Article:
Theresa May has moved to shore up her grip on power after Boris Johnson resigned and savaged her handling of Brexit.
The foreign secretary dramatically followed the lead of David Davis and quit the government, leaving the future of the prime minister’s much-vaunted Chequers deal in peril.
Mrs May faced MPs a little more than half an hour after news of Mr Johnson’s resignation was preemptively broken by Downing Street on an extraordinary day in Westminster.
The PM put on a defiant performance, insisting the EU exit deal agreed with her cabinet last week was the best course forward.
Amid speculation of an imminent leadership challenge, Mrs May then had to contend with a meeting of backbench Tory MPs.
Maintaining her combative tone, she told her MPs they needed to back her – or face ending up with Labour leader Jeremy Corbyn in power.
Downing Street has made clear Mrs May will fight any attempt to oust her, rejecting suggestions the government is in “meltdown”.
In a reshuffle sparked by the bombshell departures, Mr Johnson has been replaced by Jeremy Hunt, whose health brief has now been handed to Matt Hancock. Mr Hancock’s replacement as culture secretary is Jeremy Wright.
Brexit minister Steve Baker also left the government, with Chris Green quitting his position as an unpaid parliamentary aide at the Department for Transport.
Earlier on Monday, Brexiteer Dominic Raab was named as Mr Davis’s replacement as Brexit secretary.
Both Mr Johnson and Mr Davis had signed up to Mrs May’s deal after a marathon day of talks at Chequers last week, with the PM believing she had secured cabinet unity behind her Brexit blueprint.
However, just two days later, the pretence of unity was dramatically shattered by Mr Davis and then Mr Johnson, with the latter not holding back in his letter outlining the reasons for his decision.
The now former foreign secretary told Mrs May that Britain appeared to be “heading for a semi-Brexit” and would take on “the status of a colony” under her plans.
He claimed the Brexit dream was “dying, suffocated by needless self-doubt”, with the current approach like “sending our vanguard into battle with the white flags fluttering above them”.
Mr Johnson said he “cannot in all conscience champion these proposals” and had therefore “sadly concluded that I must go.”
In her reply, Mrs May said she was “sorry – and a little surprised” he had chosen to depart after “productive discussions” at Chequers.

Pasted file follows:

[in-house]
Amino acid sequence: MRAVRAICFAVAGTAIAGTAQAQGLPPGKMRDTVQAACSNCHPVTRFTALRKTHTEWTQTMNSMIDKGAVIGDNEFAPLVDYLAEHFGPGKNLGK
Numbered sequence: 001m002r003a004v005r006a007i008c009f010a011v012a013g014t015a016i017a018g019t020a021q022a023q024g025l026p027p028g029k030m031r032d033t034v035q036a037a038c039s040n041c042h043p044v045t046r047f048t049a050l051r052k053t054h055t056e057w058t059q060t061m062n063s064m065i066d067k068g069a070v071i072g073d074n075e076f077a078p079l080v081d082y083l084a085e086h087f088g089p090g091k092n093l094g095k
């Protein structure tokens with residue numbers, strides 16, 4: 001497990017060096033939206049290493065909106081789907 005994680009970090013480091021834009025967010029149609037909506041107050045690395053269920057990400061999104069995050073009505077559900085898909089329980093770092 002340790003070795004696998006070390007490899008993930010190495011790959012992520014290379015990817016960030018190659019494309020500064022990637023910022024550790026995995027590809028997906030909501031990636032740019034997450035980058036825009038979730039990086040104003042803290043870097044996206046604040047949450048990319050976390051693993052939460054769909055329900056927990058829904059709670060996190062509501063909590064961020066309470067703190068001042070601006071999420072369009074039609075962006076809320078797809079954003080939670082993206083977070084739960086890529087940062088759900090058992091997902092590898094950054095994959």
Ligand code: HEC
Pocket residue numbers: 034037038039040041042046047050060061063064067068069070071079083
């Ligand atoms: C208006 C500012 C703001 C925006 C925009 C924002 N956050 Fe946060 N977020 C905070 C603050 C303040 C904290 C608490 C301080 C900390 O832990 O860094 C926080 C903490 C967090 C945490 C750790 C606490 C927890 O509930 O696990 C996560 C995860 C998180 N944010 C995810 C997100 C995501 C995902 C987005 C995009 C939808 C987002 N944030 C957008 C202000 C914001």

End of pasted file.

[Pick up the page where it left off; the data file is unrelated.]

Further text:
However, she said that if he could not support the government’s position then “it is right that you step down”.
“As I outlined at Chequers, the agreement we reached requires the full collective support of Her Majesty’s Government,” the PM wrote.
“During the EU referendum campaign, collective responsibility on EU policy was temporarily suspended.
“As we developed our policy on Brexit, I have allowed Cabinet colleagues considerable latitude to express their views.
“But the agreement we reached on Friday marks the point where that is no longer the case, and if you are not able to provide the support we need to secure this deal in the interests of the United Kingdom, it is right that you should step down.”
The departure of Mr Johnson has sparked febrile speculation a leadership challenge against the PM could be in the offing.
To trigger a no-confidence vote, a total of 48 Tory MPs – 15% of the parliamentary party – need to write to Sir Graham Brady, the chairman of the backbench 1922 committee.
Sir Graham refused to say whether he had received any such letters.
Top Brexiteer Jacob Rees-Mogg, chairman of the European Research Group of eurosceptic backbenchers, said he had not lodged a letter of no confidence and expected Mrs May to remain in office at least until Brexit day in March 2019.
An ally of Mr Johnson has told Sky News that he resigned to try to force Mrs May into changing course on Brexit – and not to launch a bid for the top job.
But appearing in the Commons earlier, the PM appeared to have little appetite for changing course.
She said her proposals would deliver “a Brexit that is in our national interest… the right Brexit deal for Britain” and did not represent a “betrayal” of the referendum result.
Labour leader Jeremy Corbyn said Mrs May should step aside and make way for his party if the government cannot sort itself out.
The PM’s Brexit agreement “stands as a shattered truce, a sticking plaster over the cabinet’s cracks in this government”, Mr Corbyn told the Commons.